Next I made a mdf pattern for the curved bottom rail, and routed this to shape. If you look on the ends of this rail, you can see the small nib I have left for a cramping block, this end is very fragile, and the nib also prevents this from breaking(hopefully).

Here is an over view of how it will look when put together, this also helps me work out the size of the top rail. I have left the uprights over width at the moment, these will be tapered tomorrow on a jig I haven't as yet made.

Ordered the veneer at 12 o'clock on Friday, and it was delivered sometime on Saturday morning. I bought this from Nantwich Veneers, a very quick service I must say, and very well packaged.

First thing I do when I get a pack of veneer, is to mark the the sides so they are in sequence, I use a triangle for this to minimise mistakes.

As you can see the veneer is lovely(well in my eyes), and should blend with the oak well without a complete contrast between the two timbers(something I wanted two avoid).

I selected the first two leaves of veneer for flattening, for this I just wipe a fairly wet rag with clean water over both sides of veneer, lay on a plastic bag, then place a plastic bag between these two also, then use my state of the art platen press. 

I should be able to press and glue these panels up tomorrow, ready for assembly. Thanks for looking.

Wednesday, 26 January 2011

Another Saw Mill

Spent some of the afternoon today, looking at another saw mill that is only 9 miles from my shop. We are sadly lacking sawmills/timber yards in Norfolk, so as soon as someone tells me about one that I haven't heard of(that's 20 mins down the road), I like to make some time to go and visit them.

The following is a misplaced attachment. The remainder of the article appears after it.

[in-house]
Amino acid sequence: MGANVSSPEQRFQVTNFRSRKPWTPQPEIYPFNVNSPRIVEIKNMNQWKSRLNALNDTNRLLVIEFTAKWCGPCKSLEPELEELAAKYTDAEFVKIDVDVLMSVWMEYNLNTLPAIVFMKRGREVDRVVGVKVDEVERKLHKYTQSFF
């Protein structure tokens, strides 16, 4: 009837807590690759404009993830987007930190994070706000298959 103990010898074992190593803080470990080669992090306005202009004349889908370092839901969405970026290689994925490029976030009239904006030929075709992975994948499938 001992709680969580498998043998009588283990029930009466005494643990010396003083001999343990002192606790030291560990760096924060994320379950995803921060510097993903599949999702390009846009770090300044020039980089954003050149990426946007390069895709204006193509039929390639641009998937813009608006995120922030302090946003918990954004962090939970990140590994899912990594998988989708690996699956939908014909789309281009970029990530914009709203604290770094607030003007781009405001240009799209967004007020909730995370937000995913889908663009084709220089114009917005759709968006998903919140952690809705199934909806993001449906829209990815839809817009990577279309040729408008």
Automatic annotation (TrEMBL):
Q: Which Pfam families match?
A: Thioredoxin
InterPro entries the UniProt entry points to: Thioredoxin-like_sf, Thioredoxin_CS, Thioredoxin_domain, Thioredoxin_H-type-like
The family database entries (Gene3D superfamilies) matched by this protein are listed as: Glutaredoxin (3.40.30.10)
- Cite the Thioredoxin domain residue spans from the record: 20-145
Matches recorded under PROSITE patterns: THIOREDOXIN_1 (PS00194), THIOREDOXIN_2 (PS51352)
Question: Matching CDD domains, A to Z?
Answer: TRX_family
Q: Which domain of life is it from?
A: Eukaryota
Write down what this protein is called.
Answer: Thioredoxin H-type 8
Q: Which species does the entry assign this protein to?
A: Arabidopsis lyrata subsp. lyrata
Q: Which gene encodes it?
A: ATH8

The name of this saw mill is Richardson's sawmill and it's run by two brothers called Kenny and Mervyn,  Kennys son Neil looked after me today, and showed me round. It is situated just outside North Walsham on the Bacton Rd, it's tucked away a bit and there is only one sign on the main road, but it's easy to find.

 I was recommended to go there by my new turner Johnny Taylor when I dropped off the split turnings, for the oak and madrone fire surround. First impressions were not good, the yard is basically a bog with about 3" of mud everywhere(so take some Wellington boots if it's been raining).
     However if you can get over this small problem, there is an Aladdin's cave of native air dried timber, Oak, Elm, Chestnut, Birch, Beech, Sycamore, Walnut, and Yew. Most of this timber is kept in shed's, but there is also some stored outside exposed to the elements. They also have a limited stock of turning blanks of native timber, and they will slab a log for you, for a fee of £4.50 a cubic foot. If you are buying timber for furniture, I would recommend taking a moisture metre with you, just to make sure your timber is at roughly 15%  for air dried.
   I can recommend them, but have an open mind to what you are buying with regard to moisture content. If you are prepared to buy the timber and let it acclimatise in your shop, you will have some nice timber. I didn't buy anything today, but will be going back soon to do so. Hope that's helpful.

Tuesday, 25 January 2011

Oak Fire Surround

Received this order last week from the same clients I was doing some site work for. It needs to be done fairly quick, as I have had to take a week off  before starting another job. As with most things I make, a trip/call to the timber yard is my first port of call, after doing a Rod and a cutting list.